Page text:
Feb. 4 2015 07:42 AM

Judges not only evaluate cattle, they are communicators.

You had success in judging contests as a youth. Now, you'd like to move onto the next level and judge dairy shows. What should you know?

I spoke with someone who has handled the judge selection process for state and regional fairs for over 15 years. Some information they take into consideration:
  1. Requirement for the show (approved lists by PDCA or breed organizations)
  2. Past judging experience
  3. Judging reputation, attitude toward exhibitors, personal behavior, and so forth
Finding willing, competent judges can be a challenge for show coordinators. They need someone with experience who is articulate and is personable to work with all exhibitors. Reasons - whether you love ‘em or hate ‘em - are part of contests and shows. You need to see cattle well, place them, give impromptu reasons and move onto the next class. Providing honest reasons is a skill possessed by successful and well-thought of judges.

Show management will contact a potential judge to check on the date availability. They can be asked if they have sold animals - which they could later be evaluating. The fair management then takes that information under advisement. If selected, a contract is sent.

On show day, the judge is expected to arrive at least 20 to 30 minutes early to meet with the dairy staff and go over the day's logistics. Each show varies, but plan your attire appropriately. For an outdoor show in mid-July, a three-piece suit will make you quite uncomfortable in the sweltering heat. However, judging in shorts and sneakers is not appropriate either.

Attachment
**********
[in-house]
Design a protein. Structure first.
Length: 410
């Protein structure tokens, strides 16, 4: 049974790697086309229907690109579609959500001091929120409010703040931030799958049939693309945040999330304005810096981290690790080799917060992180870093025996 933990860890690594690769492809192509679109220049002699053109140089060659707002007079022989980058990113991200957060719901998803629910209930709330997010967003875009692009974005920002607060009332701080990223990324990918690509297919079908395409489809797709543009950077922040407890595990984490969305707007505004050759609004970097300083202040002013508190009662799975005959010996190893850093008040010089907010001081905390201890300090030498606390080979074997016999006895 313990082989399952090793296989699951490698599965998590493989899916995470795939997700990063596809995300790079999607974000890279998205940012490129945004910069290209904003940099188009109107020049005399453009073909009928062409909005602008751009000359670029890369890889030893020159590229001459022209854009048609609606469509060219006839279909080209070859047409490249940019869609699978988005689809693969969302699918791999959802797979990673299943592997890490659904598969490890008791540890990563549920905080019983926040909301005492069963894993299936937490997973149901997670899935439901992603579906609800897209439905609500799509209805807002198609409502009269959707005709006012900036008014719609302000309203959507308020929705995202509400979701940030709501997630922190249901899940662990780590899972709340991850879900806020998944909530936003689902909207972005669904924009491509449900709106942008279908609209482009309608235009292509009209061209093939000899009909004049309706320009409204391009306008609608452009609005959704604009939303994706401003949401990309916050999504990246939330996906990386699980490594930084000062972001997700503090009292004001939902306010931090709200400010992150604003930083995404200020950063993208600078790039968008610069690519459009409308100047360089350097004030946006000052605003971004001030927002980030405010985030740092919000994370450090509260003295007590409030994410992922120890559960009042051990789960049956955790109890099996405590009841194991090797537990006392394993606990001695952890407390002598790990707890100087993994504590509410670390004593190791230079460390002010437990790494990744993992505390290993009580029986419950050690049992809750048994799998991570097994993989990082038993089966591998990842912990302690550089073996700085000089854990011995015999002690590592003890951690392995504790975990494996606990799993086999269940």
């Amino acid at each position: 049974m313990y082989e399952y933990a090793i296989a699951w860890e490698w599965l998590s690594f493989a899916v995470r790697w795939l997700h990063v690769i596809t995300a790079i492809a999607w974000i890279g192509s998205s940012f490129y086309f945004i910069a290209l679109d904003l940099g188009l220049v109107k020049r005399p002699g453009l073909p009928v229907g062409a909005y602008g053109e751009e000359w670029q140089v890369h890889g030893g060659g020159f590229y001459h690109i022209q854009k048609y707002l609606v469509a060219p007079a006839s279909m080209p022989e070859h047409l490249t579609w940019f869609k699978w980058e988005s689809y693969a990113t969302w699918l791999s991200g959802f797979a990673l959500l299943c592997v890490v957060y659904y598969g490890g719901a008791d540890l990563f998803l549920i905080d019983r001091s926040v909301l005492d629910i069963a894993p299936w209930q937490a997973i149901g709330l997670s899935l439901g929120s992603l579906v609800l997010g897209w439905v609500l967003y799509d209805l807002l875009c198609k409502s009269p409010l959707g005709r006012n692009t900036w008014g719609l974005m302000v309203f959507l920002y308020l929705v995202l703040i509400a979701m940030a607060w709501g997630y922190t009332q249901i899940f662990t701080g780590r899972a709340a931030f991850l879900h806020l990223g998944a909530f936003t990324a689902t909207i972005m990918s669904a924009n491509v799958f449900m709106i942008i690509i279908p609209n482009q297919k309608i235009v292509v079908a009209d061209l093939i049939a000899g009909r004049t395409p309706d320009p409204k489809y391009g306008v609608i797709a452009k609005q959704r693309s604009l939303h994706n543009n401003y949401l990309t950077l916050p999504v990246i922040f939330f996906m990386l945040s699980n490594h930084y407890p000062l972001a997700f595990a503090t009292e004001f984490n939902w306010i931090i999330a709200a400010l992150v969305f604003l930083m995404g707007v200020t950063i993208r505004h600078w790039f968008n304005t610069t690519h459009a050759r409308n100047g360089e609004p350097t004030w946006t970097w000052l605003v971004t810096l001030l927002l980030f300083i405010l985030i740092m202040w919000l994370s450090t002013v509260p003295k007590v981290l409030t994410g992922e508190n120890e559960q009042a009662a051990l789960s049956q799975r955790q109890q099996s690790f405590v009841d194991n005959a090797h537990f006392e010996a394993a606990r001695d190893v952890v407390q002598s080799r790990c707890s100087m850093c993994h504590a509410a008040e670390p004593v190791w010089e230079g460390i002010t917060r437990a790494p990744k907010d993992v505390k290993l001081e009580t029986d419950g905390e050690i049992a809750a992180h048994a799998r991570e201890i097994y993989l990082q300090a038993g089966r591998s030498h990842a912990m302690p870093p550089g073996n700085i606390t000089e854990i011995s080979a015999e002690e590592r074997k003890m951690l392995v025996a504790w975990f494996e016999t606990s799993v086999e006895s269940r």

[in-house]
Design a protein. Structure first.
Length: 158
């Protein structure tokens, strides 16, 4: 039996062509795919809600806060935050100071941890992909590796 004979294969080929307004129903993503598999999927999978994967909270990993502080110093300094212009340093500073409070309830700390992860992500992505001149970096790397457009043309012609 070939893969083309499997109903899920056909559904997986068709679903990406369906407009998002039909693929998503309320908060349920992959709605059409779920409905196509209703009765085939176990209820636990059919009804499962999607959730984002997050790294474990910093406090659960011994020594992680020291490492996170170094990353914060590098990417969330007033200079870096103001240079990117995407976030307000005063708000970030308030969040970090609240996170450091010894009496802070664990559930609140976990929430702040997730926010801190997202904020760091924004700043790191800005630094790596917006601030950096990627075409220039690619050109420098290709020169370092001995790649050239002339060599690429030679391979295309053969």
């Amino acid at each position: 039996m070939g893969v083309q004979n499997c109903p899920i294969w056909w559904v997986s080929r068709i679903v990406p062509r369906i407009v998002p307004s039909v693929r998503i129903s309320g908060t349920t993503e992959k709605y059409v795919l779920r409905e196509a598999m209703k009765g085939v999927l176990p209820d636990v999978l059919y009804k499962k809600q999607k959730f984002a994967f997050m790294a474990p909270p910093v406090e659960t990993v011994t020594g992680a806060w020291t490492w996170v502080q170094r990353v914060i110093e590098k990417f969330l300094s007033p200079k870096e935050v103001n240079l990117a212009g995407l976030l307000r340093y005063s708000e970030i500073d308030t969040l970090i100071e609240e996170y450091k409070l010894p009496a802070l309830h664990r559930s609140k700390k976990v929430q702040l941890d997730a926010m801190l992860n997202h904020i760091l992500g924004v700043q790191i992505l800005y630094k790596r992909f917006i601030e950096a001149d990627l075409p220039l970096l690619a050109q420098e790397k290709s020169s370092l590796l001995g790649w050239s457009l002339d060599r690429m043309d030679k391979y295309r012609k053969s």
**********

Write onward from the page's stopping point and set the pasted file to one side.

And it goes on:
Most shows require judges to refrain from being on the grounds prior to show day. Additionally, spending time with exhibitors in a business or social setting just prior to judging is also frowned upon. Even if the best cow won, people may still talk about the judge enjoying dinner and drinks with the owners of the champion the night before.

Socializing with the exhibitors after the show is commonplace. Walking through the barns, paying compliments to exhibitors on a good day or a nice heifer, is a gesture appreciated by many fair officials and exhibitors. Always remain professional. Your actions will follow you and could cost you future judging assignments.

Judges who evaluate showmanship need to talk to the exhibitors because they can learn a great deal. A judge that takes time to talk to exhibitors and makes the participants' time seem valuable will gain more respect than if he just placed the classes correctly.

So, if you happen to be someone wanting to judge shows, it is good to know the expectations. Exhibiting should be a positive learning experience, and both parties should understand and appreciate it.
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The author is the online media manager and is responsible for the website, webinars and social media. A graduate of Modesto Junior College and Fresno State, she was raised on a California dairy and frequently blogs on youth programs and consumer issues.